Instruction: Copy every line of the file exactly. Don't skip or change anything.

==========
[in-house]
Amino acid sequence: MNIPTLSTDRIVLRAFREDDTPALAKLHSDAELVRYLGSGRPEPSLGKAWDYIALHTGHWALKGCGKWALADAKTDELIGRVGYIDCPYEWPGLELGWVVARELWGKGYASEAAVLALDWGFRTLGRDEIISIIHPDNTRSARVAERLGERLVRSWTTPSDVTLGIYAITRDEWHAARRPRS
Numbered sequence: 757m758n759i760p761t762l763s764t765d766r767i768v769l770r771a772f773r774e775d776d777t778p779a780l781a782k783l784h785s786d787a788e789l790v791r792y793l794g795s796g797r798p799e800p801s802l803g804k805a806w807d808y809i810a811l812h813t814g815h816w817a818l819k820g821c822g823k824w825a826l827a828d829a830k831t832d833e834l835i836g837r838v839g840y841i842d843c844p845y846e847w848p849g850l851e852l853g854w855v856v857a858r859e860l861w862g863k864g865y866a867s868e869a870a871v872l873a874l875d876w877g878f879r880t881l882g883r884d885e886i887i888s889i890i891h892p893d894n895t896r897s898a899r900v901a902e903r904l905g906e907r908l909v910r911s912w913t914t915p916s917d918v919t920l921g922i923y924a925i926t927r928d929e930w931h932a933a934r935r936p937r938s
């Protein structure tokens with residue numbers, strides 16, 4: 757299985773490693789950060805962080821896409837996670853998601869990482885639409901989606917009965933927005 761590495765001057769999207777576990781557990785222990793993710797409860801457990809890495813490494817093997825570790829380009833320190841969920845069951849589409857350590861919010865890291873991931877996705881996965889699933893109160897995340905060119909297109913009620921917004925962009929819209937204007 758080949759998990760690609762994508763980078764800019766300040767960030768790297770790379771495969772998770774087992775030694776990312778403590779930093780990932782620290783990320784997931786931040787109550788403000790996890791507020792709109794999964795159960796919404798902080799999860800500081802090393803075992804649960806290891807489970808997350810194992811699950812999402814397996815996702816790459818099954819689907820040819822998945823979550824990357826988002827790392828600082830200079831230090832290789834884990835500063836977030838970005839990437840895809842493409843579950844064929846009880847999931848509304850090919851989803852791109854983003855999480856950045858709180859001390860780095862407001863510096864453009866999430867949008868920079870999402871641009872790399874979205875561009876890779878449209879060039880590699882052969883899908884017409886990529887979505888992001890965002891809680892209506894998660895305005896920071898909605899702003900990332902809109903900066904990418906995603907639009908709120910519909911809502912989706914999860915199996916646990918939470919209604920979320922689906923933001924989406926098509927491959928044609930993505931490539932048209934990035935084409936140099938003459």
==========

[in-house]
Amino acid sequence: MNIPTLSTDRIVLRAFREDDTPALAKLHSDAELVRYLGSGRPEPSLGKAWDYIALHTGHWALKGCGKWALADAKTDELIGRVGYIDCPYEWPGLELGWVVARELWGKGYASEAAVLALDWGFRTLGRDEIISIIHPDNTRSARVAERLGERLVRSWTTPSDVTLGIYAITRDEWHAARRPRS
Numbered sequence: 757m758n759i760p761t762l763s764t765d766r767i768v769l770r771a772f773r774e775d776d777t778p779a780l781a782k783l784h785s786d787a788e789l790v791r792y793l794g795s796g797r798p799e800p801s802l803g804k805a806w807d808y809i810a811l812h813t814g815h816w817a818l819k820g821c822g823k824w825a826l827a828d829a830k831t832d833e834l835i836g837r838v839g840y841i842d843c844p845y846e847w848p849g850l851e852l853g854w855v856v857a858r859e860l861w862g863k864g865y866a867s868e869a870a871v872l873a874l875d876w877g878f879r880t881l882g883r884d885e886i887i888s889i890i891h892p893d894n895t896r897s898a899r900v901a902e903r904l905g906e907r908l909v910r911s912w913t914t915p916s917d918v919t920l921g922i923y924a925i926t927r928d929e930w931h932a933a934r935r936p937r938s
């Protein structure tokens with residue numbers, strides 16, 4: 757299985773490693789950060805962080821896409837996670853998601869990482885639409901989606917009965933927005 761590495765001057769999207777576990781557990785222990793993710797409860801457990809890495813490494817093997825570790829380009833320190841969920845069951849589409857350590861919010865890291873991931877996705881996965889699933893109160897995340905060119909297109913009620921917004925962009929819209937204007 758080949759998990760690609762994508763980078764800019766300040767960030768790297770790379771495969772998770774087992775030694776990312778403590779930093780990932782620290783990320784997931786931040787109550788403000790996890791507020792709109794999964795159960796919404798902080799999860800500081802090393803075992804649960806290891807489970808997350810194992811699950812999402814397996815996702816790459818099954819689907820040819822998945823979550824990357826988002827790392828600082830200079831230090832290789834884990835500063836977030838970005839990437840895809842493409843579950844064929846009880847999931848509304850090919851989803852791109854983003855999480856950045858709180859001390860780095862407001863510096864453009866999430867949008868920079870999402871641009872790399874979205875561009876890779878449209879060039880590699882052969883899908884017409886990529887979505888992001890965002891809680892209506894998660895305005896920071898909605899702003900990332902809109903900066904990418906995603907639009908709120910519909911809502912989706914999860915199996916646990918939470919209604920979320922689906923933001924989406926098509927491959928044609930993505931490539932048209934990035935084409936140099938003459």